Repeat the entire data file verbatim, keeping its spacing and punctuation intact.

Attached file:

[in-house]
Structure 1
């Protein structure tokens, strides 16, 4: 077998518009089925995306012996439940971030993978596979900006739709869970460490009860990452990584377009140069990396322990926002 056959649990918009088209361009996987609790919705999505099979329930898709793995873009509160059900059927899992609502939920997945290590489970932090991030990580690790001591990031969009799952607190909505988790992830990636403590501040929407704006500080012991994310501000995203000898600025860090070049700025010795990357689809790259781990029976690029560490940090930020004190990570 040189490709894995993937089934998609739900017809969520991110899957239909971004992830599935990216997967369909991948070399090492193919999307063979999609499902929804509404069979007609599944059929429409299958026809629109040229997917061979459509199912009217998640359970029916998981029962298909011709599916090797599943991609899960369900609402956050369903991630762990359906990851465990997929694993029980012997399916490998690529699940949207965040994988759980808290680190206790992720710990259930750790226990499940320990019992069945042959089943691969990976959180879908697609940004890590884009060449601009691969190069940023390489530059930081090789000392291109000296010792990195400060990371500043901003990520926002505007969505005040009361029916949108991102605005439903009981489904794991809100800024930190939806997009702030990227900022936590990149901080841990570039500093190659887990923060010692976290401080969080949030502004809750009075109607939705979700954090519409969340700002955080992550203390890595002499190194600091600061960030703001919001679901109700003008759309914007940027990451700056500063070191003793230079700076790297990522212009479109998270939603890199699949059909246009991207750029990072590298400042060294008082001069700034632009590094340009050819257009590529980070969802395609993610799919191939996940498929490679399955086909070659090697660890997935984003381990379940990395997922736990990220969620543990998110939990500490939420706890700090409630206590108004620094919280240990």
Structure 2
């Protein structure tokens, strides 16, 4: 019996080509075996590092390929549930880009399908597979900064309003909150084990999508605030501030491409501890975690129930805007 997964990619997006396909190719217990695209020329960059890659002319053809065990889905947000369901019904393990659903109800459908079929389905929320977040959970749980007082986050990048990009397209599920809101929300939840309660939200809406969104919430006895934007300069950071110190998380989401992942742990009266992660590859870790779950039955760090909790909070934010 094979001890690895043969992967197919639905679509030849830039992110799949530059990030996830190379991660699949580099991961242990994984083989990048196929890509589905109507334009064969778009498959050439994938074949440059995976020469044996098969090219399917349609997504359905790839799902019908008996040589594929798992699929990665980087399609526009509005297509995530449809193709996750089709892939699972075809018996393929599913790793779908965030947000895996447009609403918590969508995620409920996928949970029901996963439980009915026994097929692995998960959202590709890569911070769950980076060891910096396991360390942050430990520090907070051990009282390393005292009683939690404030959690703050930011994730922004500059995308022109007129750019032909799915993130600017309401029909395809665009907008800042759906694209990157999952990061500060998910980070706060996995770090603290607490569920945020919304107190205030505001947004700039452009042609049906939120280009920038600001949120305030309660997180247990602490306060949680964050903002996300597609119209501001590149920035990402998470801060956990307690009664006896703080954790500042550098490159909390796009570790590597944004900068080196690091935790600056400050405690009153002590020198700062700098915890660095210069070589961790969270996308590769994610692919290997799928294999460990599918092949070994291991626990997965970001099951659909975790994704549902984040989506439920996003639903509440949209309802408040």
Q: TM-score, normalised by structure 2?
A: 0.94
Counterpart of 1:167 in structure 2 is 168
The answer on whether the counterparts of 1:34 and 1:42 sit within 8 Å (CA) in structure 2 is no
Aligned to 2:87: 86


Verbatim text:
[in-house]
Structure 1
């Protein structure tokens, strides 16, 4: 077998518009089925995306012996439940971030993978596979900006739709869970460490009860990452990584377009140069990396322990926002 056959649990918009088209361009996987609790919705999505099979329930898709793995873009509160059900059927899992609502939920997945290590489970932090991030990580690790001591990031969009799952607190909505988790992830990636403590501040929407704006500080012991994310501000995203000898600025860090070049700025010795990357689809790259781990029976690029560490940090930020004190990570 040189490709894995993937089934998609739900017809969520991110899957239909971004992830599935990216997967369909991948070399090492193919999307063979999609499902929804509404069979007609599944059929429409299958026809629109040229997917061979459509199912009217998640359970029916998981029962298909011709599916090797599943991609899960369900609402956050369903991630762990359906990851465990997929694993029980012997399916490998690529699940949207965040994988759980808290680190206790992720710990259930750790226990499940320990019992069945042959089943691969990976959180879908697609940004890590884009060449601009691969190069940023390489530059930081090789000392291109000296010792990195400060990371500043901003990520926002505007969505005040009361029916949108991102605005439903009981489904794991809100800024930190939806997009702030990227900022936590990149901080841990570039500093190659887990923060010692976290401080969080949030502004809750009075109607939705979700954090519409969340700002955080992550203390890595002499190194600091600061960030703001919001679901109700003008759309914007940027990451700056500063070191003793230079700076790297990522212009479109998270939603890199699949059909246009991207750029990072590298400042060294008082001069700034632009590094340009050819257009590529980070969802395609993610799919191939996940498929490679399955086909070659090697660890997935984003381990379940990395997922736990990220969620543990998110939990500490939420706890700090409630206590108004620094919280240990």
Structure 2
């Protein structure tokens, strides 16, 4: 019996080509075996590092390929549930880009399908597979900064309003909150084990999508605030501030491409501890975690129930805007 997964990619997006396909190719217990695209020329960059890659002319053809065990889905947000369901019904393990659903109800459908079929389905929320977040959970749980007082986050990048990009397209599920809101929300939840309660939200809406969104919430006895934007300069950071110190998380989401992942742990009266992660590859870790779950039955760090909790909070934010 094979001890690895043969992967197919639905679509030849830039992110799949530059990030996830190379991660699949580099991961242990994984083989990048196929890509589905109507334009064969778009498959050439994938074949440059995976020469044996098969090219399917349609997504359905790839799902019908008996040589594929798992699929990665980087399609526009509005297509995530449809193709996750089709892939699972075809018996393929599913790793779908965030947000895996447009609403918590969508995620409920996928949970029901996963439980009915026994097929692995998960959202590709890569911070769950980076060891910096396991360390942050430990520090907070051990009282390393005292009683939690404030959690703050930011994730922004500059995308022109007129750019032909799915993130600017309401029909395809665009907008800042759906694209990157999952990061500060998910980070706060996995770090603290607490569920945020919304107190205030505001947004700039452009042609049906939120280009920038600001949120305030309660997180247990602490306060949680964050903002996300597609119209501001590149920035990402998470801060956990307690009664006896703080954790500042550098490159909390796009570790590597944004900068080196690091935790600056400050405690009153002590020198700062700098915890660095210069070589961790969270996308590769994610692919290997799928294999460990599918092949070994291991626990997965970001099951659909975790994704549902984040989506439920996003639903509440949209309802408040």
Q: TM-score, normalised by structure 2?
A: 0.94
Counterpart of 1:167 in structure 2 is 168
The answer on whether the counterparts of 1:34 and 1:42 sit within 8 Å (CA) in structure 2 is no
Aligned to 2:87: 86